There are a lot of ways to avoid water leaks in your bathroom. Keep a close eye on things and it will be much easier than if you waited for a full blown problem to develop.

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HVAC Contractor Tip: 5 Reasons to Replace Your Furnace

Wednesday, January 11th, 2012

Many Blaine homes are heated with furnaces, since they generally provide safe and efficient heat.  Furnaces have also improved dramatically over the years as manufacturers find ways to make them more efficient. Even if your furnace has been reliable for many years, it may be worth the money to replace your old furnace with a newer, more efficient model.

Here are five major benefits to upgrading your furnace.

1. Lowering Your Utility Bills

Whether you realize it or not, your current furnace could be costing you more than it should in heating bills. If your furnace is 15-20 years old, it’s probably not heating your home as efficiently as the newer models with higher AFUE ratings. Even if your heating system has been replaced within the last ten years, the technology has advanced enough to consider an upgrade.

2. Fewer Repairs

Repair costs can add up if you are constantly repairing your furnace. Routine maintenance for your furnace can help reduce the need for repairs, but as furnaces age, they tend to need more repairs and replacement parts. If you need frequent repairs for your furnace, it may be time to replace it with a newer one.

3. More Consistent Heat

While maintaining consistent temperatures throughout your home involves several factors, such as insulation and thermostat control, your furnace could also be the reason you aren’t getting enough heat to all parts of the house. If some rooms are colder than others, or if your heating bills have recently gone up, it may be time for a furnace replacement.

4. Reduce the Chances of a Breakdown

When a furnace breaks down, it not only leaves you without heat, but it is also a major expense. Budgeting for a new furnace before it breaks down will put less financial burden on you than needing an emergency furnace replacement. Newer model furnaces are also more reliable and less likely to give you problems if maintained properly.

5. Safety

There’s higher potential for safety concerns with older or poorly maintained furnaces. In addition to fire hazards, carbon monoxide poisoning is another serious threat. When the heat exchanger stops working because it’s corroded or faulty, carbon monoxide can leak into the home. If you’ve had your furnace for more than 20 years, it could create safety hazards that you may be unaware of.

No matter how long you’ve had the furnace in your home, it’s always wise to speak with a qualified Blaine HVAC technician about furnace upgrades, particularly if you have expensive heating costs. Call Air Mechanical today to talk with one of our heating experts about furnace upgrades.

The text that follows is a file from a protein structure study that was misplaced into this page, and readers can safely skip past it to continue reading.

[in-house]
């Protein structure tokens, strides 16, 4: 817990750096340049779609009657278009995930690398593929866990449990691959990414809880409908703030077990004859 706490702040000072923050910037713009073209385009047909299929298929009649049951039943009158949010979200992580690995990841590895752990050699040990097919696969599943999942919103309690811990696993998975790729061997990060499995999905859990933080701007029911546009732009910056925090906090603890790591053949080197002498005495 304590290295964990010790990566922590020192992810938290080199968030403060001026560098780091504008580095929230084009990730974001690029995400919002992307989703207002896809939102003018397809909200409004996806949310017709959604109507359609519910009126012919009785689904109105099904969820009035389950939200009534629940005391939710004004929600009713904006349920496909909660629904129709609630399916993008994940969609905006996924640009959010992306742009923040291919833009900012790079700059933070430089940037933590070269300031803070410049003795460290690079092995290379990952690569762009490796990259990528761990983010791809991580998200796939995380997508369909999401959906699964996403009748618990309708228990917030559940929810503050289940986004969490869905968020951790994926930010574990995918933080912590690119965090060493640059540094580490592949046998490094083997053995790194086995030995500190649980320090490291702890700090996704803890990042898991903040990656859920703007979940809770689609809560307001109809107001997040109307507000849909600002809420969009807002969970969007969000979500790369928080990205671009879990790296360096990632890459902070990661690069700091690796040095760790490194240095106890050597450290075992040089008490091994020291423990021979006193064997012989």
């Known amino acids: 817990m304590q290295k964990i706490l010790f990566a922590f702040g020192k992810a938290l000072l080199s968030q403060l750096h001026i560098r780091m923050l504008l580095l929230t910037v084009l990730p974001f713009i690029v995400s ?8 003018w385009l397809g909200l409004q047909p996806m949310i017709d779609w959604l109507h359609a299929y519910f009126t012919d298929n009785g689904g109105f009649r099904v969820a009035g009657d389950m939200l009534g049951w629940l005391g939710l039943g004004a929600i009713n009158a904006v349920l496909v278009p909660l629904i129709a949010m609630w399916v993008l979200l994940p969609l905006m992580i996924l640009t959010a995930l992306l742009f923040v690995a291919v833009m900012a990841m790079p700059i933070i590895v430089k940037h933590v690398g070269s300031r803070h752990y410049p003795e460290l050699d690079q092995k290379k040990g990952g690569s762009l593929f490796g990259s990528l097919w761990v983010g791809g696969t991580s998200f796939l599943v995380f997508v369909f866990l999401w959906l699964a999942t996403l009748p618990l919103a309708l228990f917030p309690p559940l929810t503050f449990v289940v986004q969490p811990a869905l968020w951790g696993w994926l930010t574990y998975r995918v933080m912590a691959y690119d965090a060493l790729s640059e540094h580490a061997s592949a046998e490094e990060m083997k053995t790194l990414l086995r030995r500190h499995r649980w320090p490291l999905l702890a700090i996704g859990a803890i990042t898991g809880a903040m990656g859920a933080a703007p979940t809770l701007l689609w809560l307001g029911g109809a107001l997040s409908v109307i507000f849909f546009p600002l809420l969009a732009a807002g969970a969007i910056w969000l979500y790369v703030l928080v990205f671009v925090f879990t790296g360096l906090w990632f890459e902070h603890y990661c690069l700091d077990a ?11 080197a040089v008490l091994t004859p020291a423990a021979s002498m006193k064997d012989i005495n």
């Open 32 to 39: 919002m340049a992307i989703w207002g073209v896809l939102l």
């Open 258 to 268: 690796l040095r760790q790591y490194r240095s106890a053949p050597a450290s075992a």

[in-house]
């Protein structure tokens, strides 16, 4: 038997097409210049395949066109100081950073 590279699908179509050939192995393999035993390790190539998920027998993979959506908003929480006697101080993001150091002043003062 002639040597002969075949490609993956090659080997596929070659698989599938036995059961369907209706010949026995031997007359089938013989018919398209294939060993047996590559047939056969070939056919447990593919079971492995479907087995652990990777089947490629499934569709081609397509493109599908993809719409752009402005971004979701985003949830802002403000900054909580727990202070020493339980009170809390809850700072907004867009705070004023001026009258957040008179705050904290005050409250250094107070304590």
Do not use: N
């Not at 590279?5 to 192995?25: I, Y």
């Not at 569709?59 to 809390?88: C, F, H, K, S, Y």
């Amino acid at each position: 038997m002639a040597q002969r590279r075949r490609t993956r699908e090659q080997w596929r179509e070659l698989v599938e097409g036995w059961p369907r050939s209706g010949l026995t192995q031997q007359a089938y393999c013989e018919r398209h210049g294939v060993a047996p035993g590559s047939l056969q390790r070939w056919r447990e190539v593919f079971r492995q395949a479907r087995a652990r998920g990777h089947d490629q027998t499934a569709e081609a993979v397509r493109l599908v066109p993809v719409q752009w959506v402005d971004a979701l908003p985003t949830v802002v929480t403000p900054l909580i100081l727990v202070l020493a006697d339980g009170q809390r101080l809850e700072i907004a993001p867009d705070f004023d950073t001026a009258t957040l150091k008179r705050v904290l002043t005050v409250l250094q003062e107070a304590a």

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Heating Maintenance Guide: Furnace Safety

Monday, January 9th, 2012

There are many advantages to a properly operating furnace, and the most important ones are the safety and comfort of your Chanhassen home’s occupants. There are several things you can do to ensure the safe operation of your furnace.

Here is a checklist of ideas:

  • Clean or change furnace filters on a regular basis. Replace disposable filters and clean permanent filters using water or cleaning solutions. Your owner’s manual or a qualified heating contractor can suggest a regular maintenance schedule.
  • Check the exhaust vent from the furnace. Clear obstructions such as leaves, clothing, or animal nests from the vent pipe or chimney. Keep roof exhaust vents clear of snow. If there is a faulty exhaust system (like a blocked flue), of if there are cracks and leaks in the pipes or improper adjustment of the burner, or if there is lower air pressure indoors than outside, the furnace can create serious indoor air pollution.
  • A clear air intake is important too, since furnaces need fresh air to “breathe” and complete the fuel burning cycle. Again, check for debris, snow, or animal nests in intake pipes.
  • If you have an older gas furnace, you may want to install a supplementary induced-draft fan that reduces the possibility of backdrafting. Some furnaces have automatic shutoff devices that turn off the furnace if it begins to backdraft.
  • Check internal components such as the blower motor and vacuum any dirt. Check belts and pulleys for excessive wear. You should consult your owner’s manual for any suggested maintenance tips on internal working components.
  • You may also want to check the pilot light to see if it is working and if it producing an even, blue flame. If the flame is uneven, it may be a sign of incomplete gas combustion, which can result in the creation of dangerous carbon monoxide gas.
  • Ensure that your thermostat is operating correctly by raising or lowering the temperature settings to make sure the furnace cycles on and off.
  • Install and maintain battery or hard-wired smoke and carbon monoxide detectors.

Externally vented natural gas furnaces, when properly designed and installed, will operate safely for years. But if you detect a problem, use the most common solution – contact a Chanhassen heating professional to check out your furnace.